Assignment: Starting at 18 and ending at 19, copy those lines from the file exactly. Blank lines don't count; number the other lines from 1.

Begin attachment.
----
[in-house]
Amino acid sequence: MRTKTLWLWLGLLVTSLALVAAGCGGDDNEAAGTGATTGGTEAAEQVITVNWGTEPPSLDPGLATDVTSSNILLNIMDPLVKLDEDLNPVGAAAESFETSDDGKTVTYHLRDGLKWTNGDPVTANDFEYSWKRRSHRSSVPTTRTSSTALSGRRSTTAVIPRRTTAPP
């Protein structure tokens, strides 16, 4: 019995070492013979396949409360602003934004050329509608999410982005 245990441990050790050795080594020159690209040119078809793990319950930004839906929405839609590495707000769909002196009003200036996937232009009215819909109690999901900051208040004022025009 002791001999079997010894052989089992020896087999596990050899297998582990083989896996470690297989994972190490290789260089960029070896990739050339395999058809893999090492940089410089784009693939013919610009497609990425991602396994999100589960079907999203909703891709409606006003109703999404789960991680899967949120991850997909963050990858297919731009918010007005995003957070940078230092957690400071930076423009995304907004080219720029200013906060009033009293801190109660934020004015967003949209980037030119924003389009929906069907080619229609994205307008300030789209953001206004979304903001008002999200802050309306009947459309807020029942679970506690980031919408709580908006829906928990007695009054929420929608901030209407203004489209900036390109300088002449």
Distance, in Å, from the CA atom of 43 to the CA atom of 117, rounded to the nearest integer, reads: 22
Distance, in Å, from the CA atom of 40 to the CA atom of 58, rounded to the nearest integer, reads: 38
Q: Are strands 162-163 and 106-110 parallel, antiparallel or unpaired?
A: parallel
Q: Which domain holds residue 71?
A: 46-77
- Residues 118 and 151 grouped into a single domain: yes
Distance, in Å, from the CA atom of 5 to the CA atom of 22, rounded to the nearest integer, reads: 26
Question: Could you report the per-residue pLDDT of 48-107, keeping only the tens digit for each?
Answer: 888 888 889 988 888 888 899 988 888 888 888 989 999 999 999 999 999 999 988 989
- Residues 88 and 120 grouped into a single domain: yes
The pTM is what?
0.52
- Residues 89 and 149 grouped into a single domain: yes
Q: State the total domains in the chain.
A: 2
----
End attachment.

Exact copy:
Q: State the total domains in the chain.
A: 2